My brother Mark and his wife Kim raise chickens in their yard in Whitney Point, N.Y. They’ve got quite the nature preserve with a full garden and golden eagles sweeping down in the lake behind their house.
Mark has shown up with cartons of fresh eggs, telling me that I didn’t know what I was missing until I tasted fresh eggs.
I was mildly impressed but didn’t know what the fuss was about. I became more interested when we published a story about raising chickens in your backyard. I don’t have room to do that so I dismissed the thought.
Then came the West End Fair.
Penn State Cooperative Extension Agent Steve Hughes and members of the newly formed 4-H poultry club actually had eggs in an incubator
and I saw a chick hatch.
Now I am hooked and extra space here spent way too much fair time just staring at an egg with a crack in it, waiting for it to open and a chick to climb out.
The Fox-Cicconi farm in Canadensis donated the eggs to the club. The eggs were kept in an incubator and turned several times a day to simulate the movement by the mother hen. The eggs were placed in incubation on a staggered schedule so that some would hatch every day during the fair.
It was all planned out. Except one hatched on Sunday and some hatched the following Sunday. You can’t really predict nature, you know.
Not all the chicks hatched.
“In an incubator situation we can expect 75 percent to hatch,” Hughes said.”The hen does a little better.”
Part of the problem was the weather. It was really dry so Hughes spent days and nights spraying the eggs with water. The humidity needed to be above 80 percent, and the temperature had to be about 100 degrees.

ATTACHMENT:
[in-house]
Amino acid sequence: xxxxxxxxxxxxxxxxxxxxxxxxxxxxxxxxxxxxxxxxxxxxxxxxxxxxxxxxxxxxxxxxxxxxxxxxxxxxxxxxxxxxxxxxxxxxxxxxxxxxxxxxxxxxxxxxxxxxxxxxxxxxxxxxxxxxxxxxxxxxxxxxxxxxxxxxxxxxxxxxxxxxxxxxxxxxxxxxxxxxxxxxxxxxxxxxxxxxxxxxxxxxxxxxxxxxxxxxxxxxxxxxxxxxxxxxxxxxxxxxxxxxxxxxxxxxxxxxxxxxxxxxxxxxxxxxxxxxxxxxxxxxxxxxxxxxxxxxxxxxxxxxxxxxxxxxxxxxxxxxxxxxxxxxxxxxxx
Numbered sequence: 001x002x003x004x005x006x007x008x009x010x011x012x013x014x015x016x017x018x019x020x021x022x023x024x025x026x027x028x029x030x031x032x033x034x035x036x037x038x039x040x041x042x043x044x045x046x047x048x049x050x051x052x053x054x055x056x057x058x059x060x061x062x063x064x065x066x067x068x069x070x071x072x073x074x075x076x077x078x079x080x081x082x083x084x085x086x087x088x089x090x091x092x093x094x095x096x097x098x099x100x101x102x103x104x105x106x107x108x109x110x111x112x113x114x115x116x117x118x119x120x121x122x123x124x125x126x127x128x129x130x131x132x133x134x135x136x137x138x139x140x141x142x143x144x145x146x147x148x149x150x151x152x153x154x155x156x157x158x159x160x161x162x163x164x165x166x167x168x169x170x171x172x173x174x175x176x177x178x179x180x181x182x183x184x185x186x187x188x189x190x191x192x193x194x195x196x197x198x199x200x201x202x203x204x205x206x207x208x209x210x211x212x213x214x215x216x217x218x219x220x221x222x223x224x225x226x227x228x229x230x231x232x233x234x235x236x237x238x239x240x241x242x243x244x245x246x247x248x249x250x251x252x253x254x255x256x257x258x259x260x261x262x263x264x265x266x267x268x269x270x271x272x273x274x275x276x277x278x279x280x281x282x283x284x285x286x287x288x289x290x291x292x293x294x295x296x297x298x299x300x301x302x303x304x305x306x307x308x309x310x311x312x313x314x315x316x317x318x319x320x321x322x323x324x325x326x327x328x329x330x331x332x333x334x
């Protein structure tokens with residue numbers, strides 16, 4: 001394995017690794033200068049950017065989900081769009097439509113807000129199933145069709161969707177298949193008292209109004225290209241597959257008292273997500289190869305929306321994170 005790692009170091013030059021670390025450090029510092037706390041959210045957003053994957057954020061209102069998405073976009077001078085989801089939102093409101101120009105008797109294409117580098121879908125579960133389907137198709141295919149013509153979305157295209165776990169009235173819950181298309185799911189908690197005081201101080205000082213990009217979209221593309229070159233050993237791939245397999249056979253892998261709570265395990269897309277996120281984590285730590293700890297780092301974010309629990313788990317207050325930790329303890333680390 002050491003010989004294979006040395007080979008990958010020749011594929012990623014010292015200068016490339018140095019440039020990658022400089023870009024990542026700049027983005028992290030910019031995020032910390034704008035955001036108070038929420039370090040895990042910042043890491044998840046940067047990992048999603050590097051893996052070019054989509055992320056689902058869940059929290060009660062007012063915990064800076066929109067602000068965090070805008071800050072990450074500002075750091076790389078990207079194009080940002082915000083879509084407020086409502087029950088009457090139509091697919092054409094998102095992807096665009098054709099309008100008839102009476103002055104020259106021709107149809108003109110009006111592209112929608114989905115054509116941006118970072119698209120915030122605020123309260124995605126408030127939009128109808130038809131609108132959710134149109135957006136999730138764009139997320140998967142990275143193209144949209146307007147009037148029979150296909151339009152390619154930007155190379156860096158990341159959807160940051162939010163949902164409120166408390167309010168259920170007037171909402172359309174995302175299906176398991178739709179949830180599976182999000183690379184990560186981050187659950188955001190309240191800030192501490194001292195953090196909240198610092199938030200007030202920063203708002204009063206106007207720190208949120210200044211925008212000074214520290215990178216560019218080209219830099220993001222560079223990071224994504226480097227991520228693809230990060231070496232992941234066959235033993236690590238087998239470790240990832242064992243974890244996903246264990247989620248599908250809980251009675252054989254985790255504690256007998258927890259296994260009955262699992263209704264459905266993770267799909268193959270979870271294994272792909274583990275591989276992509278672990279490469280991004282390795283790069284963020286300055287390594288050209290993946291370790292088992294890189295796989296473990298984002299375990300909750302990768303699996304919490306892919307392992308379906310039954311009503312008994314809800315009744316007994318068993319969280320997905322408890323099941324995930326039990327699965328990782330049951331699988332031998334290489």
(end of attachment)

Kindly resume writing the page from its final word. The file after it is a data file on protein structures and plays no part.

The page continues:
It wasn’t just the fair. “This is true at commercial hatcheries this time of year. Hens and roosters aren’t as fertile in the summer (too hot for good sperm viability) and the weather can be extreme,” Hughes said
The humidity softens the shell so the chick can poke its way out. The chick is wet when it comes out and all curled up as it spent days trapped in an egg. Gradually it lifts its head, stops flopping around and straightens up.
Hughes kept newborns segregated from older chicks until they could hold their own.
Friday night I happened upon the 4-H building after some were born. Saturday night I had the fortune of seeing one being born. That clinched it. I kept coming back to the building until the fair ended.
Sometimes I thought the crack in the egg was a little bigger. Then I realized it was wishful thinking.
A total of 41 chicks hatched, with 37 being sold to benefit the new Sunnyside Up 4-H club. There were three born Sunday morning that should have hatched Saturday. (These were THE ones I was watching.)
Hughes gave them to a 4-H’er who had guinea chickens so now she has chicks for next year. They were a little weak so they needed some TLC and she could do that, he said.
One chick early on had some issues and the club leaders took that one … bought six more.
The money will be used toward four different projects that are designed to increase the students’ knowledge of chickens. They will keep records on costs and they can exhibit a live bird at the fair to be judged on conformation of the bird and showmanship of the student.
Imagine if next year I could see the one I witnessed being born. All grown up.
If it’s special for me, I can just imagine what it’s like for 4-H kids. Wow.
Interested? Call the 4-H office at 570-421-6430.